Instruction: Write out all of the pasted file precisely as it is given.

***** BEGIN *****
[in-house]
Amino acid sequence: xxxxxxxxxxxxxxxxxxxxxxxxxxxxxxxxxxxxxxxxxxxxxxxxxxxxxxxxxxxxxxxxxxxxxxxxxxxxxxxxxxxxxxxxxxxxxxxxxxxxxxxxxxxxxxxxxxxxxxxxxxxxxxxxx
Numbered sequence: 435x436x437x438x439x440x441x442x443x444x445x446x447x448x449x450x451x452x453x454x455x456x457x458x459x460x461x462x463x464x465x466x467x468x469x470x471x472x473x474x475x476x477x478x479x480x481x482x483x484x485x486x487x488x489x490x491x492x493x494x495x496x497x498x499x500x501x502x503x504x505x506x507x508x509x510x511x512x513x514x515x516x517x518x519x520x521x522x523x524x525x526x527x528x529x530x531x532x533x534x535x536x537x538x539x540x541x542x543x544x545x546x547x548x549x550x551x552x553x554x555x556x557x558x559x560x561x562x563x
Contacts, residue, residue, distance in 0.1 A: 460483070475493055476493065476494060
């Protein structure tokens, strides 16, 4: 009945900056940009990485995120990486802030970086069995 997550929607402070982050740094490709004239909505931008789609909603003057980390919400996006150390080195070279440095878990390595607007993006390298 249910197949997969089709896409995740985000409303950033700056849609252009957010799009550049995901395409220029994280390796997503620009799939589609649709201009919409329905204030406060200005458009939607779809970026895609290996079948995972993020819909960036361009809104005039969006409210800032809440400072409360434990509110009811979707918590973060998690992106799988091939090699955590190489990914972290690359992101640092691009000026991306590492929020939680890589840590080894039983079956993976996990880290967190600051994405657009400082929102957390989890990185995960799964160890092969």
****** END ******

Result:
[in-house]
Amino acid sequence: xxxxxxxxxxxxxxxxxxxxxxxxxxxxxxxxxxxxxxxxxxxxxxxxxxxxxxxxxxxxxxxxxxxxxxxxxxxxxxxxxxxxxxxxxxxxxxxxxxxxxxxxxxxxxxxxxxxxxxxxxxxxxxxxx
Numbered sequence: 435x436x437x438x439x440x441x442x443x444x445x446x447x448x449x450x451x452x453x454x455x456x457x458x459x460x461x462x463x464x465x466x467x468x469x470x471x472x473x474x475x476x477x478x479x480x481x482x483x484x485x486x487x488x489x490x491x492x493x494x495x496x497x498x499x500x501x502x503x504x505x506x507x508x509x510x511x512x513x514x515x516x517x518x519x520x521x522x523x524x525x526x527x528x529x530x531x532x533x534x535x536x537x538x539x540x541x542x543x544x545x546x547x548x549x550x551x552x553x554x555x556x557x558x559x560x561x562x563x
Contacts, residue, residue, distance in 0.1 A: 460483070475493055476493065476494060
């Protein structure tokens, strides 16, 4: 009945900056940009990485995120990486802030970086069995 997550929607402070982050740094490709004239909505931008789609909603003057980390919400996006150390080195070279440095878990390595607007993006390298 249910197949997969089709896409995740985000409303950033700056849609252009957010799009550049995901395409220029994280390796997503620009799939589609649709201009919409329905204030406060200005458009939607779809970026895609290996079948995972993020819909960036361009809104005039969006409210800032809440400072409360434990509110009811979707918590973060998690992106799988091939090699955590190489990914972290690359992101640092691009000026991306590492929020939680890589840590080894039983079956993976996990880290967190600051994405657009400082929102957390989890990185995960799964160890092969």